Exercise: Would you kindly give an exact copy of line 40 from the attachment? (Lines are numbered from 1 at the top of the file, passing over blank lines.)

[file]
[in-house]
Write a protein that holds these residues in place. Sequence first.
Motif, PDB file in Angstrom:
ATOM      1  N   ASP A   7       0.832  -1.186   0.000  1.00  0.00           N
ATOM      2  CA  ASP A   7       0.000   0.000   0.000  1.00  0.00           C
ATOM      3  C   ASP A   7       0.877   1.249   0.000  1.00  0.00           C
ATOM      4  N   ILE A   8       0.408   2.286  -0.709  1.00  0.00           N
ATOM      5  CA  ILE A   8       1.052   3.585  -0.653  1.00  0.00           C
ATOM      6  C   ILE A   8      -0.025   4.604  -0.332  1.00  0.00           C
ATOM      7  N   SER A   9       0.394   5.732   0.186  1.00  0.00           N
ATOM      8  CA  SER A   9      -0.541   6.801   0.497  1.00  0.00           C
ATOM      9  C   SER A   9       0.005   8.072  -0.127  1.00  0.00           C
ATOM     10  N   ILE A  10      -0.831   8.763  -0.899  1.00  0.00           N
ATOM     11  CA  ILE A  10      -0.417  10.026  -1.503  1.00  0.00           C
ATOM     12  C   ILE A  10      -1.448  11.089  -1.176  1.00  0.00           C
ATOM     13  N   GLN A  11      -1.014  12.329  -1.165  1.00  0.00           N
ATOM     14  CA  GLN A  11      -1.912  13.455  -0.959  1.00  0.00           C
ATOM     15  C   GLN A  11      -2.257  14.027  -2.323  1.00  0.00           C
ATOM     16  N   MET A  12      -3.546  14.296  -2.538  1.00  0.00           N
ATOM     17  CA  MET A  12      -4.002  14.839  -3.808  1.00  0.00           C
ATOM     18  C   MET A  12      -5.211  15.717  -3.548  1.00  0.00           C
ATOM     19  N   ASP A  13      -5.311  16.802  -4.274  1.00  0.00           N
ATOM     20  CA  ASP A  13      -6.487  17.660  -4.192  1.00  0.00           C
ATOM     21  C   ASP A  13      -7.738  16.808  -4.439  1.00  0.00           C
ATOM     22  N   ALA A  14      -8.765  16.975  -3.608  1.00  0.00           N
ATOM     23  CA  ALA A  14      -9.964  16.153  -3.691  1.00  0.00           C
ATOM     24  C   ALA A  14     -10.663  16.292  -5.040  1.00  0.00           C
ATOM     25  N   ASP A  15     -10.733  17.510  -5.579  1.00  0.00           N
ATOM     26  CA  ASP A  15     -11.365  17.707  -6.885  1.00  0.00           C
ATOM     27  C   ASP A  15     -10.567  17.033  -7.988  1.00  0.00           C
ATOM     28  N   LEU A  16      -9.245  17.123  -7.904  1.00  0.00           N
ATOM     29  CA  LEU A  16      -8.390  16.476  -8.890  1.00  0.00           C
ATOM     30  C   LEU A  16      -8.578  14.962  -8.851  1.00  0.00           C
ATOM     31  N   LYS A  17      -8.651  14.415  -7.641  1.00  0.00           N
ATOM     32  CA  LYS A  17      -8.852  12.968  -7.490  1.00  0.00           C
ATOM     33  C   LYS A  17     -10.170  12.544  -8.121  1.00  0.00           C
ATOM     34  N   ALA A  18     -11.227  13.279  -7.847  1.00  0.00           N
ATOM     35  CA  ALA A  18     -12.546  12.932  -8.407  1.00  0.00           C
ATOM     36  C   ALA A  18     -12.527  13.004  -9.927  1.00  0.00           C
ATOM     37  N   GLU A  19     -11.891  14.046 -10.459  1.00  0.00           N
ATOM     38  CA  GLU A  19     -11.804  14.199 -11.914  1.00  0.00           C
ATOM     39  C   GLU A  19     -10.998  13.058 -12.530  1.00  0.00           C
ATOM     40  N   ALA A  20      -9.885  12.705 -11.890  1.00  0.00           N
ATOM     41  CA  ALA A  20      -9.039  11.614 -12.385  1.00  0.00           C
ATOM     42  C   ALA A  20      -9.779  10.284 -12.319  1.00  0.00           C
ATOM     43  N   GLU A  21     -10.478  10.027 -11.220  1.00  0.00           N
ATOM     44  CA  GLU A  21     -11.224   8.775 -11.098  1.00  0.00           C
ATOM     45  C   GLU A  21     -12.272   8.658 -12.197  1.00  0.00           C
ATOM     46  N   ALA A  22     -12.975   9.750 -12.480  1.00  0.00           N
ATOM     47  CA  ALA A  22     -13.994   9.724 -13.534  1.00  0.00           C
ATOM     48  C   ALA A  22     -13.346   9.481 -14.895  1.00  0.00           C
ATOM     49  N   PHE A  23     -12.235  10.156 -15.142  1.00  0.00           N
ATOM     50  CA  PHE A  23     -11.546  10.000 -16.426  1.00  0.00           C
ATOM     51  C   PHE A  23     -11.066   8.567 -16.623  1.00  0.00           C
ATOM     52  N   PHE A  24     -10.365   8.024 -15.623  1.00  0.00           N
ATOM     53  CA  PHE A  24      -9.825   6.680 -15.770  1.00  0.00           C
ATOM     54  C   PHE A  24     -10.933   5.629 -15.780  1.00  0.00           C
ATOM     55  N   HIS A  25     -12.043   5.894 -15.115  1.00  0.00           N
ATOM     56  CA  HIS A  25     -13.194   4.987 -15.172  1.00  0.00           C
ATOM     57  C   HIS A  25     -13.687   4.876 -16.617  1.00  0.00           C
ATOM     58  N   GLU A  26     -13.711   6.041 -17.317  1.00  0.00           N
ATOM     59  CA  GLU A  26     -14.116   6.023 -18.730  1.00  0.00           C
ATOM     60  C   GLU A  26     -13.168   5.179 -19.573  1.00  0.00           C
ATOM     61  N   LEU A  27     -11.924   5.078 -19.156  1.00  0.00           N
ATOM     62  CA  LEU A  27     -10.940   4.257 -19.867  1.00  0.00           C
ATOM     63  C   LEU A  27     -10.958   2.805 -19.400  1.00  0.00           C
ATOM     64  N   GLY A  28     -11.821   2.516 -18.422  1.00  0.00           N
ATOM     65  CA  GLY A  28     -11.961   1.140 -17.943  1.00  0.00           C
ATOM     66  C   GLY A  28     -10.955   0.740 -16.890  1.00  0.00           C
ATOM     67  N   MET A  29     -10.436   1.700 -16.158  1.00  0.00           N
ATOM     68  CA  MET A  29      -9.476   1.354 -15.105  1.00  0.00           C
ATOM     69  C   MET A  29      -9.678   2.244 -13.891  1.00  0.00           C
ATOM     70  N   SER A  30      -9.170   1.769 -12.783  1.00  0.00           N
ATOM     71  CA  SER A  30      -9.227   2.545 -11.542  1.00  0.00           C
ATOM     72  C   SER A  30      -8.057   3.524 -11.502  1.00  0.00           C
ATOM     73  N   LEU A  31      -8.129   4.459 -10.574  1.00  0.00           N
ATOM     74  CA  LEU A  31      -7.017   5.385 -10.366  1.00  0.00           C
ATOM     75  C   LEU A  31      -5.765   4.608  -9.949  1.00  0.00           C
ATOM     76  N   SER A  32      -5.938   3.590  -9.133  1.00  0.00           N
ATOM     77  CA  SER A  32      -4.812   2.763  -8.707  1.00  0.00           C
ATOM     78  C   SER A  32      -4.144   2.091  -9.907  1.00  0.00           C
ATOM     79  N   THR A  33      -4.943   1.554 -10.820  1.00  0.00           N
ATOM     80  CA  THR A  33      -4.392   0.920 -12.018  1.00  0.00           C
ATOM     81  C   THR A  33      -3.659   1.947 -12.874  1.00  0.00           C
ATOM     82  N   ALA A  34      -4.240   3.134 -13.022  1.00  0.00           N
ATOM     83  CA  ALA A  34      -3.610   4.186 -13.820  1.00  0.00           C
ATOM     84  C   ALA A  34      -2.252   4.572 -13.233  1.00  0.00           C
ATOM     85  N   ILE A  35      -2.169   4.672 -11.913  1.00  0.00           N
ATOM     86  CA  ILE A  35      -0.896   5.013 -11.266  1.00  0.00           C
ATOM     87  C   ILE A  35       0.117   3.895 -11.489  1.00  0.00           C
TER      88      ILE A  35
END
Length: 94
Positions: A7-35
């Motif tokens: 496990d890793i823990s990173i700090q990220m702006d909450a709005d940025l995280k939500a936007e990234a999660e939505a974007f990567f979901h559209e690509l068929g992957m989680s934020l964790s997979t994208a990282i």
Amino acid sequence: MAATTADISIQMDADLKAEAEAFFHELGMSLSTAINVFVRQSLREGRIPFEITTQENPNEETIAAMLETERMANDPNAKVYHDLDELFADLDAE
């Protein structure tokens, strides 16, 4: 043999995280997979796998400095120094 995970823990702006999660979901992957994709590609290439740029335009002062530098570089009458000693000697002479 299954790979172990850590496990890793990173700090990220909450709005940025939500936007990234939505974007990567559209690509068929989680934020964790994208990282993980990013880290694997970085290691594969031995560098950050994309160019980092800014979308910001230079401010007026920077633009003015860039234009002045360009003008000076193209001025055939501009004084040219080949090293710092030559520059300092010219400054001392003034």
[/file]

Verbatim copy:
ATOM     37  N   GLU A  19     -11.891  14.046 -10.459  1.00  0.00           N